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Clean Your Closet and Your Conscience

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If you’re anything like me, your closet can be downright claustrophobic. Most days I open my closet and reach for one of a few items that I know I’ll wear. I ignore the dozens of other items that taunt me—that black cashmere turtleneck sweater that my high school boyfriend gave me in 1993, or the suit I bought for a summer internship in 1996, or my grandma’s purple ball gown and sheer purple wrap.


Summer is here, and I want to make room for the new white pants I’ve fixated on, the little black dress I’m dying to sport at a beach wedding next month, and the Christian Louboutin sandals I have to have yesterday.


But a closet full of unused clothes makes me feel guilty and crowded, and just throwing them out makes me feel even worse.                 


The good news is that there are many easy ways to declutter while doing good. Here are some examples of organizations that will take your castoffs and turn them into other people’s treasures.


Suited for Change is a Washington, DC-based nonprofit that provides professional clothing and ongoing career development for low-income women who have completed job training programs and are looking for employment. When donating professional clothes, you must make sure they are interview-ready—clean, and in current style and season.


Dress for Success was founded ten years ago in New York City, and since then has helped 300,000 disadvantaged women win economic independence by providing suits for interviews and employment retention programs. There are approximately seventy-five local affiliates of Dress for Success where you can easily drop off a suit that could land a lady her dream job. To read more, see this DivineCaroline article, Dress for Success.


The Women’s Alliance embodies its slogan, “Someone’s Future Is Hanging in Your Closet.” The Alliance is another great place to donate your “gently” used professional clothes and accessories. The organization takes clothing donation one step further by encouraging people to organize clothing and professional accessory drives at their offices, or donating to its Dressing Fine for $29 Campaign.


So what about your college formal dress that you used to love, but can no longer squeeze into? Or that Bridesmaid dress you looked great in before you got pregnant?


There are fantastic organizations that take formal dresses and provide them to high school girls who can’t afford to buy brand new prom dresses. The costs of attending prom are astronomical these days, and by providing a dress and accessories, you can help give teenagers an experience they won’t forget.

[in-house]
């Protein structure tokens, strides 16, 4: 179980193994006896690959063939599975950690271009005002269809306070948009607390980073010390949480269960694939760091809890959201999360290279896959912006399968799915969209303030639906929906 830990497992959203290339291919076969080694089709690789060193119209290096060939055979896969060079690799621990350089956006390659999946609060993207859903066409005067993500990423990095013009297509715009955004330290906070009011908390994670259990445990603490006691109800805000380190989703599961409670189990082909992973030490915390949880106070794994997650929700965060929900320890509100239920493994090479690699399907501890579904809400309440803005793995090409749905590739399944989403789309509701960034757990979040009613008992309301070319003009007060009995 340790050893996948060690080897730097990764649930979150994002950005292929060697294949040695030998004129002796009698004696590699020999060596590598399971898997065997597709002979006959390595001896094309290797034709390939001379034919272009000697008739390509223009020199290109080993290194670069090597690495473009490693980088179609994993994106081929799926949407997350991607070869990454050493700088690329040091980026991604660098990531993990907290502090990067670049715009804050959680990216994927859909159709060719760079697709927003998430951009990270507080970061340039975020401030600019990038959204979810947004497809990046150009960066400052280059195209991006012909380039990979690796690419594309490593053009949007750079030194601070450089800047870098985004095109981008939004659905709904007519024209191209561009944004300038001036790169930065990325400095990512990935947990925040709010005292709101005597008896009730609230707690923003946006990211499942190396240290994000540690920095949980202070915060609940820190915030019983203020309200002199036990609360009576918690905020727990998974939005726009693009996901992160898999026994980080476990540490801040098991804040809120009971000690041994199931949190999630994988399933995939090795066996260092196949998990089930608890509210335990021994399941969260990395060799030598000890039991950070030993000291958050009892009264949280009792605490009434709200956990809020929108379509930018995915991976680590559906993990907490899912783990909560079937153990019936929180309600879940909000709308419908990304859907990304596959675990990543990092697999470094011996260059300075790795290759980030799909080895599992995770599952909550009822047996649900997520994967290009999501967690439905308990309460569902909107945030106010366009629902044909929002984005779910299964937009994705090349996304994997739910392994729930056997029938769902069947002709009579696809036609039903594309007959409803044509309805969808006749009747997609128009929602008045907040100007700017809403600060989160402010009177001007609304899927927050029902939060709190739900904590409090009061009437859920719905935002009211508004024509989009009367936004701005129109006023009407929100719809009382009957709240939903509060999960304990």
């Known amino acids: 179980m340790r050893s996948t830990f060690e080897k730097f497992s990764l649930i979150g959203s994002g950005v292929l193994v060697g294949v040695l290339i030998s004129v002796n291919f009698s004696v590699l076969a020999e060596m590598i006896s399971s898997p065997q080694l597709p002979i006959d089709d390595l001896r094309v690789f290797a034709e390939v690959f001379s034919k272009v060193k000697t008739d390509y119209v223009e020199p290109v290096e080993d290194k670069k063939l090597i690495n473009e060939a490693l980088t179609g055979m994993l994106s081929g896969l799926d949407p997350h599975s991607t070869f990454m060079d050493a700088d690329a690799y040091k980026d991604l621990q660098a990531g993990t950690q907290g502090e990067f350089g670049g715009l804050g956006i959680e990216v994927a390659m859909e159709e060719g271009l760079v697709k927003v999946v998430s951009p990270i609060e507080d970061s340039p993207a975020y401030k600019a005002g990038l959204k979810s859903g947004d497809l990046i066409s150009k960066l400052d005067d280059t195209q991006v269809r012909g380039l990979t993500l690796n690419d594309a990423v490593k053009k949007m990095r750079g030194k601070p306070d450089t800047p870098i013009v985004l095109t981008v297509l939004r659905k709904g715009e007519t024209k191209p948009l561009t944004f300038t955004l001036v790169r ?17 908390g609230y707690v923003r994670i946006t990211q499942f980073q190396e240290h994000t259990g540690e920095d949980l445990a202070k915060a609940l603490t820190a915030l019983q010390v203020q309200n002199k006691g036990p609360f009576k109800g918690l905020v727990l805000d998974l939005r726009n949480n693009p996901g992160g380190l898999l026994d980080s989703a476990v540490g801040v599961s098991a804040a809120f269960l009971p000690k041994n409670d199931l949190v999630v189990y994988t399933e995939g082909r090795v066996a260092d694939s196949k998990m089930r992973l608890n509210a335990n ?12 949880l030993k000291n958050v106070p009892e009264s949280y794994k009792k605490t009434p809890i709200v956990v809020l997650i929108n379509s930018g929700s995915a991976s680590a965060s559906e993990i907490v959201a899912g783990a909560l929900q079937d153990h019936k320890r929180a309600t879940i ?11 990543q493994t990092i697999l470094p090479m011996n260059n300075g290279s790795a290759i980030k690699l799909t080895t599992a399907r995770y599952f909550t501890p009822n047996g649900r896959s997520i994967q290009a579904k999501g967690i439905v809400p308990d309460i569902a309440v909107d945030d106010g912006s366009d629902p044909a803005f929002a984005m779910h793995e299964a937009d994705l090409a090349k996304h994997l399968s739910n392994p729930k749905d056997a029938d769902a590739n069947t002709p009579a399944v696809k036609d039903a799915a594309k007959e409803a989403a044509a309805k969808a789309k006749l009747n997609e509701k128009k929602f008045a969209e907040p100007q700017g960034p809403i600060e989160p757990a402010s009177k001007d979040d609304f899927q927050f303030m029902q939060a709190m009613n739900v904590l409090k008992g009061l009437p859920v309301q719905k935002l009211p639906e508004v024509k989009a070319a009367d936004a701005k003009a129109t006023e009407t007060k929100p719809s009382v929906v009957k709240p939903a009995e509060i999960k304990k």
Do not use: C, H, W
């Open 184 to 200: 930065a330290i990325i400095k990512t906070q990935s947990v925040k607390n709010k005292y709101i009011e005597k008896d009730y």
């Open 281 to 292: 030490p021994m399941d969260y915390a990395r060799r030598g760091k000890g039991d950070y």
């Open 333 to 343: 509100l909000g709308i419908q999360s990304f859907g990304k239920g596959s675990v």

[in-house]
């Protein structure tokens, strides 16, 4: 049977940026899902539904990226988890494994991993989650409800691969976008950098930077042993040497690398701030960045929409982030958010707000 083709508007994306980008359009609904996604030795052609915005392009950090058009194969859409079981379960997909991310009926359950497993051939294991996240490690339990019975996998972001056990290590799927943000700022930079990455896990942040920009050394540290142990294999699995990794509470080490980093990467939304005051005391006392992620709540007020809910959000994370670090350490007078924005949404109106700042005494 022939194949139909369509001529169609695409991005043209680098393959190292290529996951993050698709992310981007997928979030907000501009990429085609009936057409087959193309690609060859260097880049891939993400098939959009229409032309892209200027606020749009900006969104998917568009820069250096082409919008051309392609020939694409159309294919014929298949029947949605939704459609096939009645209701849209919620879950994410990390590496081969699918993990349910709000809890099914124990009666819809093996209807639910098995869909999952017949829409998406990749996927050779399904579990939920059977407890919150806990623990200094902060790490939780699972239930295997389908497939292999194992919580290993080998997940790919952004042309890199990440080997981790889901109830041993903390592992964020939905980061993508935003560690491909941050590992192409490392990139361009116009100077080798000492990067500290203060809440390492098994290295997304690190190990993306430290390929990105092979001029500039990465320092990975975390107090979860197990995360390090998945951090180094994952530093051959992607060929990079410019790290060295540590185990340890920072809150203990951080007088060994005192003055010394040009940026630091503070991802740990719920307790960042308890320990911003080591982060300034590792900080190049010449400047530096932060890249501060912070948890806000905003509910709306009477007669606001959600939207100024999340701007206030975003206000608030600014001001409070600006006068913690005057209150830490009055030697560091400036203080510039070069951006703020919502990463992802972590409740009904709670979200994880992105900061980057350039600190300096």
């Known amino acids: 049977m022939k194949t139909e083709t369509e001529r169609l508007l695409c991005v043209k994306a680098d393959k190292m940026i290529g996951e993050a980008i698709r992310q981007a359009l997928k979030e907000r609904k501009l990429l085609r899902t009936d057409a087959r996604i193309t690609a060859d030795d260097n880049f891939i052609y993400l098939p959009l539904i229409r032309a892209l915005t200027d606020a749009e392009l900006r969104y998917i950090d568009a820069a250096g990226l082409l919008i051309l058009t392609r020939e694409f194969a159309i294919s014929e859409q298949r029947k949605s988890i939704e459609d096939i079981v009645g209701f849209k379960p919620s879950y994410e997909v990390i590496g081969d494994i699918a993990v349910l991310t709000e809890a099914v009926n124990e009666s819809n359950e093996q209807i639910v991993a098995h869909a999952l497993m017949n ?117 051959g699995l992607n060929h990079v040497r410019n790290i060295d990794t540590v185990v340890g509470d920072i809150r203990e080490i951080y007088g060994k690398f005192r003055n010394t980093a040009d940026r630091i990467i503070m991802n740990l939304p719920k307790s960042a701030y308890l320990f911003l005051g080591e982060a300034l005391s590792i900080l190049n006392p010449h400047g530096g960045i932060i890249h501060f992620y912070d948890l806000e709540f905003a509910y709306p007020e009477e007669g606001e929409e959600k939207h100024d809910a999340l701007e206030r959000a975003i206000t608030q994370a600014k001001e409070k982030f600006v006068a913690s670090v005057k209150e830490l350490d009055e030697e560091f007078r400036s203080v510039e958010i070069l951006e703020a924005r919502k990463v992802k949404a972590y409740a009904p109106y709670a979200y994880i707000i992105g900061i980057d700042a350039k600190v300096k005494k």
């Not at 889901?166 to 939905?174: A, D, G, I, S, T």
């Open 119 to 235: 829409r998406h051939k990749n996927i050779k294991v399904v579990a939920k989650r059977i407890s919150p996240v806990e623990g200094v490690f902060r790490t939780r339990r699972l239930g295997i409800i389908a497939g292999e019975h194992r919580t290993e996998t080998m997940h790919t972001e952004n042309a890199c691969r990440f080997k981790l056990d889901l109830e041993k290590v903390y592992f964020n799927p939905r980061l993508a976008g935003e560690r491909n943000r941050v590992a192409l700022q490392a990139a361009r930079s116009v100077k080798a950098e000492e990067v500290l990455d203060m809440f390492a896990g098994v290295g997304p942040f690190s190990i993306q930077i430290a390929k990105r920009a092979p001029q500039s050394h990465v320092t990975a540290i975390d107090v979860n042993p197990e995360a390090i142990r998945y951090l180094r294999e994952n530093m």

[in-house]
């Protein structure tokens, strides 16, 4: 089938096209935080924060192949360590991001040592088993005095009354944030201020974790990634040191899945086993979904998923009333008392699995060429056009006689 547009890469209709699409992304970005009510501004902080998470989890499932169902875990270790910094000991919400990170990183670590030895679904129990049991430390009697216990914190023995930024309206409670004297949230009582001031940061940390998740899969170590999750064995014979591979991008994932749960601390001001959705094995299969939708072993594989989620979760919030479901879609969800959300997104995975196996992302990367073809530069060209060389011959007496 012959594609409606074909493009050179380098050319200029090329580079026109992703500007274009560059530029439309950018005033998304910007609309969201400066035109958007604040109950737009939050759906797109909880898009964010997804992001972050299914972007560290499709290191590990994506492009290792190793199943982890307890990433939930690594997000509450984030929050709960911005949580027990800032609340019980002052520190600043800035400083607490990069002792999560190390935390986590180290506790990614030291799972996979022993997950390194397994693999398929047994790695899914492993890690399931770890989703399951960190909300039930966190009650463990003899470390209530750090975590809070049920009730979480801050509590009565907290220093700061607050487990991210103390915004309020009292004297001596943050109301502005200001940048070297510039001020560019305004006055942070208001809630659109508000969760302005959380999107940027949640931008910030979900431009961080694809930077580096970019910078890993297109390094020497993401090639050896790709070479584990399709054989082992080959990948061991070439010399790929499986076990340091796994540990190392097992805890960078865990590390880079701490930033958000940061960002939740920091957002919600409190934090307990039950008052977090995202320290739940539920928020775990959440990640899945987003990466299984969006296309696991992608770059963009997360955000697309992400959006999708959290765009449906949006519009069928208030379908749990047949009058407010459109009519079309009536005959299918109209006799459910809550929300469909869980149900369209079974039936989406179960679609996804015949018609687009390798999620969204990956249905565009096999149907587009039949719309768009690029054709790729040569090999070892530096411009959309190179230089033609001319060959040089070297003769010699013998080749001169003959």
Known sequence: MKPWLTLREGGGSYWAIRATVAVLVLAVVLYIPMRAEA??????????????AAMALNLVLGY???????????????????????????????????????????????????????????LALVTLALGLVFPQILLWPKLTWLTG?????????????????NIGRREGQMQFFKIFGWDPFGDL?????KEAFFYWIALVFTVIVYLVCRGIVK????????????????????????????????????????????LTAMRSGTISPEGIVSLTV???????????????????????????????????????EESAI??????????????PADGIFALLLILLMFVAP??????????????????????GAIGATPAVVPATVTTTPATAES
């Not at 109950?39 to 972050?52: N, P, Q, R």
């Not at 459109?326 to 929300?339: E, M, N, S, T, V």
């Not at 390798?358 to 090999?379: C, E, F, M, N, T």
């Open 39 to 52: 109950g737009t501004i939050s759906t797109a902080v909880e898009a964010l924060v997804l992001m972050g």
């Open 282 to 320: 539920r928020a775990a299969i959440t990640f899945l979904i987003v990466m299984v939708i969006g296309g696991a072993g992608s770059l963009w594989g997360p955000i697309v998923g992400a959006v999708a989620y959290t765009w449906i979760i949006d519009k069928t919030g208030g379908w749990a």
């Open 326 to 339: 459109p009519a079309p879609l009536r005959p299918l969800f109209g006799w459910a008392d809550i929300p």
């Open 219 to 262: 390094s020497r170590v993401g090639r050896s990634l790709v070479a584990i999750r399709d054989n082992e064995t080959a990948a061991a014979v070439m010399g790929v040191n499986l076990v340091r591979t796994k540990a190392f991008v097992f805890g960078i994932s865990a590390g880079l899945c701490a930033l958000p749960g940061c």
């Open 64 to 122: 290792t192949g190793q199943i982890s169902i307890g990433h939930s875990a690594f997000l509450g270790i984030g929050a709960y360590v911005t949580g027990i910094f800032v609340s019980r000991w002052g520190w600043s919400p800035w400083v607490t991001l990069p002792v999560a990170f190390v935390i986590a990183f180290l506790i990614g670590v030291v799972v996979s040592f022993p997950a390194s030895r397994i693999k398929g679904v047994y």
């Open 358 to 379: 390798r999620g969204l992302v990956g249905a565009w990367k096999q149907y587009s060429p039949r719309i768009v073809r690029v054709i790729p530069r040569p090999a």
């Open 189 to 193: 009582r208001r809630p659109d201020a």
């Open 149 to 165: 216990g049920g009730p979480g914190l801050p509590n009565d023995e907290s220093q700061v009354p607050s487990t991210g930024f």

The Princess Project will take the dress that’s just taking up space in your closet and provide it to high school girls getting ready for Prom Night. The Princess Project has helped more than 6,800 Bay Area girls attend prom in style since 2002.


The Glass Slipper Project is an Illinois-based nonprofit organization that accepts prom dresses that are fewer than five years old and in good condition. Although the Glass Slipper Project does not have sites in other states, its Web site has a very useful list of similar programs around the country.


And if you just want to make sure your clothes don’t end up piled up in a trash dump instead of your closet, but you know those Duck Boots you splashed around in during college won’t help someone get a job, there are other places to take them.


Recycler’s World lets you buy, trade, or sell just about any item of clothing. Believe it or not, chances are good that your acid wash tight-rolled jeans from the early ‘80s might be someone else’s dream find.


And for catch-all clothing disposal—an awesome leather belt you got from the streets of Italy and never wore, those boring-but-nice work clothes you don’t need now that you work from home, black pumps that are so two winters ago—there are nonprofits in every town that would love to sell your clothes for next to nothing to people who really need them. Here are some of the most popular:


Goodwill Industries International is where I’ve been taking bags of clothes as long as I can remember. There are drop-off centers around the country, often at convenient locales like grocery store parking lots. 


The Salvation Army is a Christian organization, founded in the 1880s, which also has drop-off centers in just about every small, medium, and large-sized city in the nation.


So now that I’ve cleaned closet and made room for my favorite clothes to breathe,  I can see some empty spaces just begging for those new white pants, that little black dress, and of course, my Christian Louboutin sandals!

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